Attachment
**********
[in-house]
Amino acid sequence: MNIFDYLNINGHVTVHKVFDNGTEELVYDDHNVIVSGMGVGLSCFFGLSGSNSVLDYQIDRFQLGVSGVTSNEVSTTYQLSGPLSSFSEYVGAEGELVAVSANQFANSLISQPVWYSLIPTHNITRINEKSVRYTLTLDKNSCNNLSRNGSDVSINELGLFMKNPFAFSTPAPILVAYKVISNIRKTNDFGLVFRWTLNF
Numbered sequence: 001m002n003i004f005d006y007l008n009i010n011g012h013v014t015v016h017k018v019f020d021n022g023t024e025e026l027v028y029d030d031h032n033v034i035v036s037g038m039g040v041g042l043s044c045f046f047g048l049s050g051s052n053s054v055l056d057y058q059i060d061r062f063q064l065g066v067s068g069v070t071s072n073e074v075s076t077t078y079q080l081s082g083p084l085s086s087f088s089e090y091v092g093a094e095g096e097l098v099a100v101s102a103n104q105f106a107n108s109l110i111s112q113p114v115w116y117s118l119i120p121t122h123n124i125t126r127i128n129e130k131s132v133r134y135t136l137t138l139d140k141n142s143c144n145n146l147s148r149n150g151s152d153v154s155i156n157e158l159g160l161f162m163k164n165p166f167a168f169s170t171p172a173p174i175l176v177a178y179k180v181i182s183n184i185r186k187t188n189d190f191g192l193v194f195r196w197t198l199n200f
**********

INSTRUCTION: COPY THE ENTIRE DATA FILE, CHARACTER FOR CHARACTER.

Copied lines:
[in-house]
Amino acid sequence: MNIFDYLNINGHVTVHKVFDNGTEELVYDDHNVIVSGMGVGLSCFFGLSGSNSVLDYQIDRFQLGVSGVTSNEVSTTYQLSGPLSSFSEYVGAEGELVAVSANQFANSLISQPVWYSLIPTHNITRINEKSVRYTLTLDKNSCNNLSRNGSDVSINELGLFMKNPFAFSTPAPILVAYKVISNIRKTNDFGLVFRWTLNF
Numbered sequence: 001m002n003i004f005d006y007l008n009i010n011g012h013v014t015v016h017k018v019f020d021n022g023t024e025e026l027v028y029d030d031h032n033v034i035v036s037g038m039g040v041g042l043s044c045f046f047g048l049s050g051s052n053s054v055l056d057y058q059i060d061r062f063q064l065g066v067s068g069v070t071s072n073e074v075s076t077t078y079q080l081s082g083p084l085s086s087f088s089e090y091v092g093a094e095g096e097l098v099a100v101s102a103n104q105f106a107n108s109l110i111s112q113p114v115w116y117s118l119i120p121t122h123n124i125t126r127i128n129e130k131s132v133r134y135t136l137t138l139d140k141n142s143c144n145n146l147s148r149n150g151s152d153v154s155i156n157e158l159g160l161f162m163k164n165p166f167a168f169s170t171p172a173p174i175l176v177a178y179k180v181i182s183n184i185r186k187t188n189d190f191g192l193v194f195r196w197t198l199n200f